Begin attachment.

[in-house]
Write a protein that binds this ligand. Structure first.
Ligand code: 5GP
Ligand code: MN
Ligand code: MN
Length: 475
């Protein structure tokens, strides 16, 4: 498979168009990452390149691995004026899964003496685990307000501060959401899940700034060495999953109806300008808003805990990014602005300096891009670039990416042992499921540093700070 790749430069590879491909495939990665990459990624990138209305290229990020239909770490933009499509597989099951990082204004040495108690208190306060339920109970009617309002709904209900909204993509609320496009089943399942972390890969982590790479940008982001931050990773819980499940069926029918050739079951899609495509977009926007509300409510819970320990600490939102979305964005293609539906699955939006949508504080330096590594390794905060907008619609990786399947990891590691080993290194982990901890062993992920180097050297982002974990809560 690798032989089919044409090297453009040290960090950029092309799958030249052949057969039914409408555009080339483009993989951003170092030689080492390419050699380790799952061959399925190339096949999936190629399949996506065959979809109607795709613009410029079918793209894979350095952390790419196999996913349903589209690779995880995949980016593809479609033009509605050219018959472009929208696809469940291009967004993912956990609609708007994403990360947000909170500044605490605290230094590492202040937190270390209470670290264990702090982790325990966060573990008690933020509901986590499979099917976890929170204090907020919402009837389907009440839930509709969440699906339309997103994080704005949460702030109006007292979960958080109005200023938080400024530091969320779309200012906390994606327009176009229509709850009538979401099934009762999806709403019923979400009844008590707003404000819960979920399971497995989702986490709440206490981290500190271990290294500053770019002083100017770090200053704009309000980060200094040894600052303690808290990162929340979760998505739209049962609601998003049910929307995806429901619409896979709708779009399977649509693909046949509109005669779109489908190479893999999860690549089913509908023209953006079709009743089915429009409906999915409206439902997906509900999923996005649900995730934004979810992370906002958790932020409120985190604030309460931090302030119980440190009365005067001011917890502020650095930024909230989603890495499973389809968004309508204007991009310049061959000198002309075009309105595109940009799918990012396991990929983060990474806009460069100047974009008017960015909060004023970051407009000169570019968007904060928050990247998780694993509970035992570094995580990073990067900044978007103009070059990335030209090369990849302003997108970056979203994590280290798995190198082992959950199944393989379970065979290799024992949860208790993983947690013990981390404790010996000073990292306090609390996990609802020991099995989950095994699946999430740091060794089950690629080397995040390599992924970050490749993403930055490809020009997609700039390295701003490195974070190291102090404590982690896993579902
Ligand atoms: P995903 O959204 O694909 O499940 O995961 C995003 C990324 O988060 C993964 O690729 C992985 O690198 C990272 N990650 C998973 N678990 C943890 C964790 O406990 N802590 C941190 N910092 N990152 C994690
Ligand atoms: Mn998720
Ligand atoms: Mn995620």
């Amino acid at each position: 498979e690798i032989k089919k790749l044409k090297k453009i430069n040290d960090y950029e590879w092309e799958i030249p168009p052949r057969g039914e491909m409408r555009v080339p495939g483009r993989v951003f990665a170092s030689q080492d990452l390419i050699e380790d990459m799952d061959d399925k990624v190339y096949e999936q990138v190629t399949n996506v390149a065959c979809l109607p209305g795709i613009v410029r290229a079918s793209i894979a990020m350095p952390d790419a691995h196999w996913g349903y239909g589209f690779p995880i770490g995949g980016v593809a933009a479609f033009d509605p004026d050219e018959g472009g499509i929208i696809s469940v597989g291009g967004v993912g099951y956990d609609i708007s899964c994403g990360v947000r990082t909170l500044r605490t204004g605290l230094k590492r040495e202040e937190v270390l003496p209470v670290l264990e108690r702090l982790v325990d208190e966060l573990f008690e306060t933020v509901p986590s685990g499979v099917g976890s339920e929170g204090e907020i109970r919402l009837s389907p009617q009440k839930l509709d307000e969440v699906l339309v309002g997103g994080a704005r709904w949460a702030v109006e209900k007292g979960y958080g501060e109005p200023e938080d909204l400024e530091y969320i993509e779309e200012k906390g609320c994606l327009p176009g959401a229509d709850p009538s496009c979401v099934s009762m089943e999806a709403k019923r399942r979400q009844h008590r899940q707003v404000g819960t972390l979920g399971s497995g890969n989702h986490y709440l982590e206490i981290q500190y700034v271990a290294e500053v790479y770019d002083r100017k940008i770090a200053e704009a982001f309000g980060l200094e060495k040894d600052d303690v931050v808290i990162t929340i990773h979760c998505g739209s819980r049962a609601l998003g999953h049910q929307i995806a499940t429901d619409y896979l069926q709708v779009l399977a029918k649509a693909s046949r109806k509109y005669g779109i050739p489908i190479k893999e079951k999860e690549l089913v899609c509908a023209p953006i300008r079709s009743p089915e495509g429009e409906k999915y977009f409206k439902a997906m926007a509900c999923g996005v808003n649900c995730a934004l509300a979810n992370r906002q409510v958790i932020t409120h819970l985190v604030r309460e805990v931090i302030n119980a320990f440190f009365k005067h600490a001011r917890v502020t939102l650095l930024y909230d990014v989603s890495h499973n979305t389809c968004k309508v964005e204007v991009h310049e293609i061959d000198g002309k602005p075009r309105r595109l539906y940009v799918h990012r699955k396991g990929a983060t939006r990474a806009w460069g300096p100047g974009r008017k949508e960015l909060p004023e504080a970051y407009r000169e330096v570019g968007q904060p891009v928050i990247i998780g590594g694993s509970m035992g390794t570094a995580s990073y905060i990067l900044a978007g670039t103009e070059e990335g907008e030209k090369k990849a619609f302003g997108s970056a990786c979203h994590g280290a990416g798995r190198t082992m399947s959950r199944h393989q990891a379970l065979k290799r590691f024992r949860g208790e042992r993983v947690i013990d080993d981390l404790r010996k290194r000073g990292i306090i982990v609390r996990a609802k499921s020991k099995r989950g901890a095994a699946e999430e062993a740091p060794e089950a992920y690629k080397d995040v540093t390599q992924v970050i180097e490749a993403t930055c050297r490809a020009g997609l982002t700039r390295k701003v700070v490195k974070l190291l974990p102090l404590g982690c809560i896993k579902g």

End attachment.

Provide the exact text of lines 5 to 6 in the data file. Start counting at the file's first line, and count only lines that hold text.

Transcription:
Ligand code: MN
Length: 475